Elusive Trust

The history of public relations as a field is deeply intertwined with the history of mass media. Post-War public relations in particular became very much a streamlined process of building relationships with publications and broadcast networks. This was what made the most sense under that technological paradigm–if organizations wanted to get a message or project an image to their relevant audiences, mass media were really the only available channels.

As with every communications institution that grew up in the mass media environment, public relations is currently in the painful process of redefining itself.

The more interested I grow in the subject, the more I think about an incident a couple of years ago that seems to me to be a microcosm of the challenges that new media poses to anyone stuck in a mass media mindset.

#amazonfail

Back in April of 2009, a number of books with homosexual themes suddenly stopped appearing in Amazon’s search results. A number of bloggers made a call to arms against what they perceived as deliberate and systematic discrimination. The whole thing blew up on Twitter under the hashtag #amazonfail. Amazon was slow to respond, but eventually explained that there had been a glitch originating in Amazon France that permeated their system. A fuller summary of events can be found here.

What ended #amazonfail were not the efforts of Amazon’s PR team, however, but a single post by Clay Shirky. I was astonished at the time how Shirky’s post seemed to dispel the whole thing like so much smoke in the wind. After he published it, a huge number of people shared the link, flooding the hashtag search for #amazonfail. Then, after less than a day, the volume of tweets on the subject dropped dramatically.

There are several aspects of this incident which are instructive.

First, during the entire time this thing was blowing up, there were a group of people who seized the moment to draw attention to discrimination against homosexuals in general. In general, it is the case that one interest’s PR disaster is someone else’s PR opportunity, and that plays a part in how the PR disaster grew in the first place.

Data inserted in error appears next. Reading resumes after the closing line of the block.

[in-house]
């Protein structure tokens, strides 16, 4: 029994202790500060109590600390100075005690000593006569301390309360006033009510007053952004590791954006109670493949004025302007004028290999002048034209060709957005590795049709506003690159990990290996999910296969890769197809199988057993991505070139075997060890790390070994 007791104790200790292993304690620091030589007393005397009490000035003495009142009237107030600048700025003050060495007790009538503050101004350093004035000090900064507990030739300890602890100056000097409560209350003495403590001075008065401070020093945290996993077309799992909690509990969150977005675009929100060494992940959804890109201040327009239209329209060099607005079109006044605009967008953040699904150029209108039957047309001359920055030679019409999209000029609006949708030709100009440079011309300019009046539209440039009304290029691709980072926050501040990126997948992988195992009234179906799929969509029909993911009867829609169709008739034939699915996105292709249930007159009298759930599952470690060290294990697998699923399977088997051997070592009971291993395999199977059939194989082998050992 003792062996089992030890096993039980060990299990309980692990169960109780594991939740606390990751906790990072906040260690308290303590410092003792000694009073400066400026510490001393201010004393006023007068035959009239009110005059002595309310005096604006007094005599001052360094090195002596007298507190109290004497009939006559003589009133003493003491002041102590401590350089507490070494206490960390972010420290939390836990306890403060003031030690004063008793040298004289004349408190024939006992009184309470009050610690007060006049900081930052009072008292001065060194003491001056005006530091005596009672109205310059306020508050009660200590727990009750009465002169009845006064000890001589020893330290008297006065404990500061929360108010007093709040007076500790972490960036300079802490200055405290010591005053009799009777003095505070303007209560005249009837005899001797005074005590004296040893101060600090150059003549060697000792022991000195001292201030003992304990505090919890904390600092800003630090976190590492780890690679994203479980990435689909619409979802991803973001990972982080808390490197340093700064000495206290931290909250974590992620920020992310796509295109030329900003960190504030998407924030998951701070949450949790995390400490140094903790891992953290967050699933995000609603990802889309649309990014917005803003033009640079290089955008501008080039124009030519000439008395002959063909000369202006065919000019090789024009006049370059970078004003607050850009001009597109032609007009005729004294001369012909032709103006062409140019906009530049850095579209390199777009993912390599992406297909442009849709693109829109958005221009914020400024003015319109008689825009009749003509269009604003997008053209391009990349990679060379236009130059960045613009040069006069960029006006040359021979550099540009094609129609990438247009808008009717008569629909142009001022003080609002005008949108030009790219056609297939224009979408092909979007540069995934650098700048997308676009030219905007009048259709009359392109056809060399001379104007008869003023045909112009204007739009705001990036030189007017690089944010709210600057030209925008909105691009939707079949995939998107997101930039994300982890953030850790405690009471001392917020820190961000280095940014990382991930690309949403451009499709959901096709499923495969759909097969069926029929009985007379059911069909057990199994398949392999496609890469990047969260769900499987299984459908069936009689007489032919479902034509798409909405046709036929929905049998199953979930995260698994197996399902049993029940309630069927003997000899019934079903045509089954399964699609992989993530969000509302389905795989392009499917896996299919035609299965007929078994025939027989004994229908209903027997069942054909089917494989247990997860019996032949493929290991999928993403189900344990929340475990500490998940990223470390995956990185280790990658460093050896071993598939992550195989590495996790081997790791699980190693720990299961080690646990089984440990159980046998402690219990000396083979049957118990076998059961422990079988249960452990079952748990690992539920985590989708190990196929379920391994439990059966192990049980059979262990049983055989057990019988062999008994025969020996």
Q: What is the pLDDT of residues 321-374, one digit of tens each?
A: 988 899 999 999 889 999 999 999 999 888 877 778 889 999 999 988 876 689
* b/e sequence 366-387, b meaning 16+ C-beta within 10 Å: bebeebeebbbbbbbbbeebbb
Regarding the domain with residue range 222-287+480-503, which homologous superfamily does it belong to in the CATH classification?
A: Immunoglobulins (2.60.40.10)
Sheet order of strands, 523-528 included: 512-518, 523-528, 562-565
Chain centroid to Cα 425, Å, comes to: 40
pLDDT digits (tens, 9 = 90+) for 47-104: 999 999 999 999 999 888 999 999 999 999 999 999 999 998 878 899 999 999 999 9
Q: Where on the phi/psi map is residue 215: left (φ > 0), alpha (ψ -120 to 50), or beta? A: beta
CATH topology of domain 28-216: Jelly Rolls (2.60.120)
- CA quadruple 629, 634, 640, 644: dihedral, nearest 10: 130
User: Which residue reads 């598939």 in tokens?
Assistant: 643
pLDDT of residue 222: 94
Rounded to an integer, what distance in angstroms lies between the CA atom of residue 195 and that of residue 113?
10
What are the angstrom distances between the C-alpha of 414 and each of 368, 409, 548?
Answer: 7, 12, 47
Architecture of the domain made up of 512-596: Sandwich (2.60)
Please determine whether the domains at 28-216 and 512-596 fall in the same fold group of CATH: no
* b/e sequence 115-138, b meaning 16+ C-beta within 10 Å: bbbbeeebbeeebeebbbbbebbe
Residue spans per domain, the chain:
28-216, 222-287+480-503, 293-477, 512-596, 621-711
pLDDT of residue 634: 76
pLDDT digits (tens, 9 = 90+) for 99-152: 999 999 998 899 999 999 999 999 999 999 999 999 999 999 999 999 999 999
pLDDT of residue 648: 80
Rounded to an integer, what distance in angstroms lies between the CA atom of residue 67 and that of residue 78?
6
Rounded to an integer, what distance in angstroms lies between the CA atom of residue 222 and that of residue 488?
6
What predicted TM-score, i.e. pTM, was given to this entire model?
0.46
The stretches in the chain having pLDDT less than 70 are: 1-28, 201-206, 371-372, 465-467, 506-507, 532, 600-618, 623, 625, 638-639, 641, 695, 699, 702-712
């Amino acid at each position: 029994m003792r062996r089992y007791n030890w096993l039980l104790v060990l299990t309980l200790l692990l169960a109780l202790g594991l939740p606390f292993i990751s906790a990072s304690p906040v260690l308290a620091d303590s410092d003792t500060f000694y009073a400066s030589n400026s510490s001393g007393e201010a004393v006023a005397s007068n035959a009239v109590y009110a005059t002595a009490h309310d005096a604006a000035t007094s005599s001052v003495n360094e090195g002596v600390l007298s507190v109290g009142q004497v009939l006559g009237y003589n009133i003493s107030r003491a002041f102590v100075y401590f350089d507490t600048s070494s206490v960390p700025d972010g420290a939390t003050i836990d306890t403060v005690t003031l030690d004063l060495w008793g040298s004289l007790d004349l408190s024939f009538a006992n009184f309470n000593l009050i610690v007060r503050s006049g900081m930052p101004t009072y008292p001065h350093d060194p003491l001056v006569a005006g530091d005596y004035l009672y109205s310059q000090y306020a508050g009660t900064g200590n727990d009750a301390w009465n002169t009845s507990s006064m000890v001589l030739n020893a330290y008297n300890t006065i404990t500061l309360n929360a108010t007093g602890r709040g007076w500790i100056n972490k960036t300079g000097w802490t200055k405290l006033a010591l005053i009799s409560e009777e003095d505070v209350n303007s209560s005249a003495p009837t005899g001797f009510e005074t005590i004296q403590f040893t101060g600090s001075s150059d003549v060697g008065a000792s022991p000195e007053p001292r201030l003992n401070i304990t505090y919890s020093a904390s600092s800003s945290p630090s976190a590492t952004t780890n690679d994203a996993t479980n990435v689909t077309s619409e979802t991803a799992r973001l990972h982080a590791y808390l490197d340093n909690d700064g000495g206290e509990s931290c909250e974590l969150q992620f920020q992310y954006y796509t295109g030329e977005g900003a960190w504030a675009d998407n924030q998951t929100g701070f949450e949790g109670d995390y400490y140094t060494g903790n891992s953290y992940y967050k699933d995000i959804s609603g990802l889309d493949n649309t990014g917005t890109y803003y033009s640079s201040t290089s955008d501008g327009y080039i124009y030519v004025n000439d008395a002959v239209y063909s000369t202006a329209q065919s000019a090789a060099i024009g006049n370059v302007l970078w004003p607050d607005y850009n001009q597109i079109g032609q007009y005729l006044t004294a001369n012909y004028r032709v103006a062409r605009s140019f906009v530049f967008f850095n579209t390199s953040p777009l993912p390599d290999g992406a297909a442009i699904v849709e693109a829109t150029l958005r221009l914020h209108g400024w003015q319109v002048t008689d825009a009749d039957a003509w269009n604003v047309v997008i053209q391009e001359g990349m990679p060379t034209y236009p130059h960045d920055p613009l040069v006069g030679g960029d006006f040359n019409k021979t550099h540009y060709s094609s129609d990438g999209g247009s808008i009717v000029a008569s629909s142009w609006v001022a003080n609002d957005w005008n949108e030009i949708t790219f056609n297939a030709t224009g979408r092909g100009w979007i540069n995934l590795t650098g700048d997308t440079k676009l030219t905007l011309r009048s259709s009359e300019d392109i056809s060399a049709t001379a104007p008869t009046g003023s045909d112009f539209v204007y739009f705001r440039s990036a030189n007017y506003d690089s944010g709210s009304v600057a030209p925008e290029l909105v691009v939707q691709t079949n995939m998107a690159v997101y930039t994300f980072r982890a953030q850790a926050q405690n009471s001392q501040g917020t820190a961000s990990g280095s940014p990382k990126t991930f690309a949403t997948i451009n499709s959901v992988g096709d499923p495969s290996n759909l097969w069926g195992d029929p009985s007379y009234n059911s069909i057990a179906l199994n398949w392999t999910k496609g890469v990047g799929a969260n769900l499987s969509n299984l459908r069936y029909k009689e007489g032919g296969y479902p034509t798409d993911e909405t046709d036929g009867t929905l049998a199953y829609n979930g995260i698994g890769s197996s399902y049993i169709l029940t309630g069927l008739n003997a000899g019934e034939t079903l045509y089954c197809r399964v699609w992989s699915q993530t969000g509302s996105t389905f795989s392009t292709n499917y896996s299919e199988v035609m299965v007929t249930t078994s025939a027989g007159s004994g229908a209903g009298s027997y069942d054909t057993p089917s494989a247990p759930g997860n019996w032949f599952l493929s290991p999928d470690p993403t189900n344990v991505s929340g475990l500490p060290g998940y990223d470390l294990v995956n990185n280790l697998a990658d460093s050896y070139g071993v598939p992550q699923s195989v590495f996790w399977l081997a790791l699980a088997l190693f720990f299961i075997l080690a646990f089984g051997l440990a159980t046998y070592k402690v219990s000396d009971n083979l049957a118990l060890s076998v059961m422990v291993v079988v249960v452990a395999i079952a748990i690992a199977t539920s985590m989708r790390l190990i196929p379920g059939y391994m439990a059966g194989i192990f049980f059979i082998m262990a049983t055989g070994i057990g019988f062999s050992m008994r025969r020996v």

Second, one influential outsider–Clay Shirky–was able to accomplish what no one on Amazon’s PR team could possibly have done. Precisely because he was an outsider, who had no stake in the matter, his words were more credible. He had a large audience–particularly in those days, when he was blogging fairly regularly. Many of the people who tweeted the link to his post hadn’t tweeted anything else on the subject of #amazonfail. This was noted with frustration by this guy, who had been extremely active during the whole fiasco and did not buy Shirky’s argument. I watched him at the time as he went from being part of the unified angry hoarde to among a few lone voices in the woods left who were still outraged after Shirky’s piece went viral.

What was way more valuable than anything anyone at Amazon could have done at the time was Shirky’s trust. If Shirky believed that Amazon’s explanation was just trying to cover up something they didn’t expect would draw so much attention, things would have gone very differently. Since Amazon had credibility–at least in Shirky’s eyes–he took them at their word.